Combined, those projects were projected to reduce annual phosphorus-loading to the lake by about 145 pounds. The filtration basin alone will keep an estimated 32 pounds of phosphorus out of the lake each year.
Downing’s advice to others striving for water-quality improvements:
“Don’t have unreasonable expectations, but also don’t get discouraged if you don’t see immediate results. … It took 150 years, 200 years to screw it up. It’s going to take more than two weeks to fix it.”
His predecessors dealt with five- or 10-year stretches where the efforts did not appear to be producing results.
“The message that we’ve been talking about is the wholistic approach that it took. It takes time. This effort was not one project over the course of two years. It was 20 years of work. But it was the partnership — with the watershed, the city, the community, even the private (sector). And the state with all the funding — BWSR Clean Water Funding has provided grants,” Downing said. “It takes a lot of time and investment from multiple places and people to get stuff done, and it’s not going to happen overnight or with (only) one group.”
Friends of Lily Lake and Sustainable Stillwater MN are among the groups working with the city and WMO.
Sustainable Stillwater MN has helped with education and communication. Friends of Lily Lake — established in 2013 as the Lily Lake Association — have collected Secchi disk and water temperature readings, planted plants in the filtration basin, and provided the city with a strategic vision for lakeshore and park development at Lily Lake.
“We were trying more creative ways to make use of the park,” Lyner said. “What can we do to make the park more special again?”
Lyner described Lily Lake Park as “not just a backwater,” but a spot with the potential to once again become the heart of the city — away from the more touristy St. Croix River. The public swimming beach closed in 2012 after a child died from a brain infection, the result of inhaling water containing the amoeba Naegleria fowleri. While there are no plans to allow swimming, the city is currently constructing a floating launch for kayaks, paddleboards and canoes.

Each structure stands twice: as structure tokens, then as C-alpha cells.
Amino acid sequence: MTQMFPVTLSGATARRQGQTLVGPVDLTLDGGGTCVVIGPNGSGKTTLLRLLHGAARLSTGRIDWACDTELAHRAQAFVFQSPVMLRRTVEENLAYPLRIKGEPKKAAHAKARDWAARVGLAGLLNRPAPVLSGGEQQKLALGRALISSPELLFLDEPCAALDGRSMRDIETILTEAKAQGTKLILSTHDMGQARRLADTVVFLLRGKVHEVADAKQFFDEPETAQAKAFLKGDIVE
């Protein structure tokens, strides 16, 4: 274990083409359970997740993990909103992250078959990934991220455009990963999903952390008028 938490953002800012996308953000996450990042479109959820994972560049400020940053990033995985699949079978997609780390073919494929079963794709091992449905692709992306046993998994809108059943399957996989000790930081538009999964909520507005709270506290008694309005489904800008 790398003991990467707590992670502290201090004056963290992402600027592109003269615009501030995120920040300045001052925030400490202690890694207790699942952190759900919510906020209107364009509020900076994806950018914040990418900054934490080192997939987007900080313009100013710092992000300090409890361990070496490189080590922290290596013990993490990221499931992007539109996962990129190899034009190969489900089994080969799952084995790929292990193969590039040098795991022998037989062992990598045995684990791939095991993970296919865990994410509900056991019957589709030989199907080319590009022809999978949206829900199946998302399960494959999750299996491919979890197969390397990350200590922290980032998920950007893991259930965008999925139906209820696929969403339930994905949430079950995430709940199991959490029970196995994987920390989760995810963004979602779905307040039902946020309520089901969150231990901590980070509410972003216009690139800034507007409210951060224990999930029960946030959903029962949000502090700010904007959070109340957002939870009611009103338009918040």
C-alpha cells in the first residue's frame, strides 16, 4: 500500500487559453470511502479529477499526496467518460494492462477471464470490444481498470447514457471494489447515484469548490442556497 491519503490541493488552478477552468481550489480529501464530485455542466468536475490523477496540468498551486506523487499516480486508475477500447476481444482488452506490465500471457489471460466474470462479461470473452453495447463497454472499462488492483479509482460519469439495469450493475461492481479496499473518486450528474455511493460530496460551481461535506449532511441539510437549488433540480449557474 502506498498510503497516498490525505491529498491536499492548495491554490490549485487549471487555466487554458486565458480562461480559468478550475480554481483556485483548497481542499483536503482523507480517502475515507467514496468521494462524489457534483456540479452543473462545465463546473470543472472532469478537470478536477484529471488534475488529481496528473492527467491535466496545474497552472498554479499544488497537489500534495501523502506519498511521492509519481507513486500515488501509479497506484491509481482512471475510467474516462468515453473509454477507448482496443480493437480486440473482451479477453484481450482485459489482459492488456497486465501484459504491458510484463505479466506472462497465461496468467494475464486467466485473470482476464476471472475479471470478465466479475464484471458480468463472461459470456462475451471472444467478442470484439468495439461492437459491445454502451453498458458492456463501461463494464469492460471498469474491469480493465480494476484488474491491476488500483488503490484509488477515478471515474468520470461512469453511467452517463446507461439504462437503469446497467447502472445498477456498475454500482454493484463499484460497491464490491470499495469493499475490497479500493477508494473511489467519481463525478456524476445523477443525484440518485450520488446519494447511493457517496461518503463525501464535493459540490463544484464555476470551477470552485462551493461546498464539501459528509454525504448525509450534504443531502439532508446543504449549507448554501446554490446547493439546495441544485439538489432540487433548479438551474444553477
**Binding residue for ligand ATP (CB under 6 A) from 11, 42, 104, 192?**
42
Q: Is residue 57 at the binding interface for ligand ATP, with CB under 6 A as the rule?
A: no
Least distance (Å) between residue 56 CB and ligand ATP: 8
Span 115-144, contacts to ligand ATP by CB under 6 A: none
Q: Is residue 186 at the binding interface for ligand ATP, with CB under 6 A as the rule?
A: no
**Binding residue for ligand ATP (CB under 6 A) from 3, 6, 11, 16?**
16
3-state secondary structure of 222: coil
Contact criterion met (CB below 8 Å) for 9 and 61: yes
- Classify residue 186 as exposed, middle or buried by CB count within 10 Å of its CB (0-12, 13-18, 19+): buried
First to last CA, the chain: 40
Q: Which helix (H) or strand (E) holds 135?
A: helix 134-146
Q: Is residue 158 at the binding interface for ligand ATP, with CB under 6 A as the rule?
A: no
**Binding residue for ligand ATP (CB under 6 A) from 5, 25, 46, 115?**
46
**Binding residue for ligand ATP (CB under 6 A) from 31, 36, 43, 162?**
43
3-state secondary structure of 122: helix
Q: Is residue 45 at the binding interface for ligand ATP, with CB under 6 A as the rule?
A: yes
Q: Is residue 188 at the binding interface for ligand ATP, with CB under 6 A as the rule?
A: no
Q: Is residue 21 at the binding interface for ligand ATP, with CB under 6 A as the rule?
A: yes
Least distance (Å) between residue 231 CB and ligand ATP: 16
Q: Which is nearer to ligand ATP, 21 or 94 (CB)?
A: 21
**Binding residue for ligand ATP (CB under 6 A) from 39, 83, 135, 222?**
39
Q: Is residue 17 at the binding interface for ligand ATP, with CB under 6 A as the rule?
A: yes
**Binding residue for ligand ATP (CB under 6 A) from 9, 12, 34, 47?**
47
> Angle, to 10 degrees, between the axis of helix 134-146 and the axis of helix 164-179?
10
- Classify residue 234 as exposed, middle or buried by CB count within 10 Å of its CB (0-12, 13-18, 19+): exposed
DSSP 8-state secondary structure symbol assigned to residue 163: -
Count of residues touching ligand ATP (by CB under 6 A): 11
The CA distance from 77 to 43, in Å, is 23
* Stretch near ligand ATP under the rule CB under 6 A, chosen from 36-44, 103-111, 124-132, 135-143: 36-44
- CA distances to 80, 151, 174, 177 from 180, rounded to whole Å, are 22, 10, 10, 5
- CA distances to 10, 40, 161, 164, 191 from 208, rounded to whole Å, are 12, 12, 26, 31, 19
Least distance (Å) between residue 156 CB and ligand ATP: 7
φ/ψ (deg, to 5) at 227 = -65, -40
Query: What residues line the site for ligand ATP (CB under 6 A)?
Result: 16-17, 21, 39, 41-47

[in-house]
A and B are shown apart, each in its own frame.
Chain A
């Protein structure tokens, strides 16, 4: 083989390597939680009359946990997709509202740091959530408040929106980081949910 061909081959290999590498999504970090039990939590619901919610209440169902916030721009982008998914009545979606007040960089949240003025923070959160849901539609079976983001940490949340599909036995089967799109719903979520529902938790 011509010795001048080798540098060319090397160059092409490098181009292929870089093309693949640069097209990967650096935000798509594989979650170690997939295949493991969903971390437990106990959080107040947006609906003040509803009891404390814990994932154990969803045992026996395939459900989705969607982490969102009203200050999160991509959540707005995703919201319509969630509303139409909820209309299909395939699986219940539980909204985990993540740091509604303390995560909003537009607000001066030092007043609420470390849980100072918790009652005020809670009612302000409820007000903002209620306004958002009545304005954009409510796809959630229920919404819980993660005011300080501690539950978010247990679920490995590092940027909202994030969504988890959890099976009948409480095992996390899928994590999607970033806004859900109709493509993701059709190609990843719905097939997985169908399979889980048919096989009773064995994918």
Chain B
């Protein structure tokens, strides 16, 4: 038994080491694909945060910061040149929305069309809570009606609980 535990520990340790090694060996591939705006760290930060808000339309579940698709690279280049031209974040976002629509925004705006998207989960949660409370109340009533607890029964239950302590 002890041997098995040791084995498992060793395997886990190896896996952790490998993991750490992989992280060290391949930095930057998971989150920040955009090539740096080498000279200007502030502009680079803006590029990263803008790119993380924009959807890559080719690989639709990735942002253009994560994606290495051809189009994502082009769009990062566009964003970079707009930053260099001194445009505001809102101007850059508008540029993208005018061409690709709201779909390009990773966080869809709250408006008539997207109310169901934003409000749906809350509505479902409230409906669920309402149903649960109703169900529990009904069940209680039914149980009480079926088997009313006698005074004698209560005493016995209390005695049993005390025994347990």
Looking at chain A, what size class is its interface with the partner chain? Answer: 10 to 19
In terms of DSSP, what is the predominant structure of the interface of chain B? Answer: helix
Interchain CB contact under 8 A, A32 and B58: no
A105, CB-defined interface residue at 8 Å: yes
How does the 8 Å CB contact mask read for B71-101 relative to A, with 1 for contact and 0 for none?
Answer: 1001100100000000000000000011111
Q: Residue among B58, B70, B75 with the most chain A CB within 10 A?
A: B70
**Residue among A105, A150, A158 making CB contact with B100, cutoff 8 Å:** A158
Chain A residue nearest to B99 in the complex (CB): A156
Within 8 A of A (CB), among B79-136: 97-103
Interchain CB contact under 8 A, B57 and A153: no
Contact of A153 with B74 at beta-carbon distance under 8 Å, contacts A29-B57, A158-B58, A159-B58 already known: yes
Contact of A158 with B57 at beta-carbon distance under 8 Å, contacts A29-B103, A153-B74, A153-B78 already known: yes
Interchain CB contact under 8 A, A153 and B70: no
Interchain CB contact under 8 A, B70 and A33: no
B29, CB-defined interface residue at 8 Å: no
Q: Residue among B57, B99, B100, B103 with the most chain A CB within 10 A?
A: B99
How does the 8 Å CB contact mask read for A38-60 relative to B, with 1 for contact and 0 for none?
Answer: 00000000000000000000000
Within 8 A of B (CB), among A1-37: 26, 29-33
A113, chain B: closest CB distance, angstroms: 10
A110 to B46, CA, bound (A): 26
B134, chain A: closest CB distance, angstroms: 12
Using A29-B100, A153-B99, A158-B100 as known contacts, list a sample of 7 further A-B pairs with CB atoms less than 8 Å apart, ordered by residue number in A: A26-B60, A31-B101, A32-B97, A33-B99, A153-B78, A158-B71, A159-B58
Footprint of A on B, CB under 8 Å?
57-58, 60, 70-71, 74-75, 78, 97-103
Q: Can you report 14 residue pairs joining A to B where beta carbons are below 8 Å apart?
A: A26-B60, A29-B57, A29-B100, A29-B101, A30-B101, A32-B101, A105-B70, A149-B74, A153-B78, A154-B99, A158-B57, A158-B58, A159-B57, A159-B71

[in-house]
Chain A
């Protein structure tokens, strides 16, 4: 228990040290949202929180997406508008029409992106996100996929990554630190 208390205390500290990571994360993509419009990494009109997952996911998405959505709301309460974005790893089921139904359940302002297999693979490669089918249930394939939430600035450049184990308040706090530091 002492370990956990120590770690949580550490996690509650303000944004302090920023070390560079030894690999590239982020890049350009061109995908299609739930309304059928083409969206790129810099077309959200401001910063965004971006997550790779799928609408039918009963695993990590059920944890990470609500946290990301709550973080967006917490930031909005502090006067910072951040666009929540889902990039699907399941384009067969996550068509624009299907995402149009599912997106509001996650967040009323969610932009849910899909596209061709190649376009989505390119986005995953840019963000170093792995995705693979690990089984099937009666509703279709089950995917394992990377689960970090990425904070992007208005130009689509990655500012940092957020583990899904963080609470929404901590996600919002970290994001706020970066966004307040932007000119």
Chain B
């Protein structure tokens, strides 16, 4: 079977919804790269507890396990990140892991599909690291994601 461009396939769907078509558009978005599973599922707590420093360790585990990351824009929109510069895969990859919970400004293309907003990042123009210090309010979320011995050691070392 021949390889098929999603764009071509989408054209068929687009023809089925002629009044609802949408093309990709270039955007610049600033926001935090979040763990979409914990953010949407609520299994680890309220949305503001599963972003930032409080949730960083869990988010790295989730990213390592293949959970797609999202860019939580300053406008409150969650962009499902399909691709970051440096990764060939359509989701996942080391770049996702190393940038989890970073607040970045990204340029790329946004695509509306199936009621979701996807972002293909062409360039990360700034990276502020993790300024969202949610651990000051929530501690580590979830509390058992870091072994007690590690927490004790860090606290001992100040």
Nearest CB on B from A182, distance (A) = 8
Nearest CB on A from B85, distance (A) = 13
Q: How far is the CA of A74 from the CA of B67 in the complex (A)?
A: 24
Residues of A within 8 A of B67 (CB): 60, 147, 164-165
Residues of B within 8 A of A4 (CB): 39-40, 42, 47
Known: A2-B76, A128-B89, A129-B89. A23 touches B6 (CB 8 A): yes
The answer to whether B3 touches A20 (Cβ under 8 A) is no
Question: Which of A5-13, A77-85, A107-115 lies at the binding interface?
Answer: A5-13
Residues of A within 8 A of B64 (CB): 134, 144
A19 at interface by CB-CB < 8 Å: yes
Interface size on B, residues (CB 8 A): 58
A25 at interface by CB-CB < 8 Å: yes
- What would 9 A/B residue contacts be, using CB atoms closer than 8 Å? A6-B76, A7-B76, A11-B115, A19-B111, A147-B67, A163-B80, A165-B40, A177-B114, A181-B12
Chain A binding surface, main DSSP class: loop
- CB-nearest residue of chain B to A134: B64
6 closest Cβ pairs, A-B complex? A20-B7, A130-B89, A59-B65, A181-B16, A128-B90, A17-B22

This season, the city also resurfaced two parking lots at Lily Lake Park. A few years ago, it updated the tennis courts and installed a pickleball court. Next year it will revamp the park’s playground.
In consultation with trail-building experts and the city arborist, Friends of Lily Lake members are building a mile-long loop trail through a wooded area that will connect to neighborhoods with young children. They’ve collaborated with Sustainable Stillwater MN to replace invasive species with pollinator- and bird-friendly shrubs and plants.
One challenge the WMO faces now: Public perception of aquatic plants.
As water clarity improved, aquatic plants such as water lilies became more abundant. Not everyone recognizes it as a positive sign. Lyner, who recalled snorkeling under lily pads soon after he moved to Stillwater, reminds people that Lily Lake was named for the water lilies.
Sanders considers the Lily Lake delisting part of a bigger milestone: Three of the four lakes in or near Stillwater once classified as impaired for aquatic recreation have been removed from the impaired waters list: Lake McKusick in 2012, and Lily Lake and South Twin Lake in 2022. (The MCPA cited “restoration activities” as the reason for delisting Lake McKusick and Lily Lake; it cited “unknown reasons” for South Twin Lake’s delisting.)
“So three of our four lakes have been delisted. And it’s really just been actions by the city, by the conservation district, by volunteer groups who help clean out rain gardens — it’s really been a conglomerate of effort to get these lakes delisted,” Sanders said of the additional efforts sparked by Clean Water Fund-backed work. “It just seems like it’s something special that we’ve had that happen in our community.”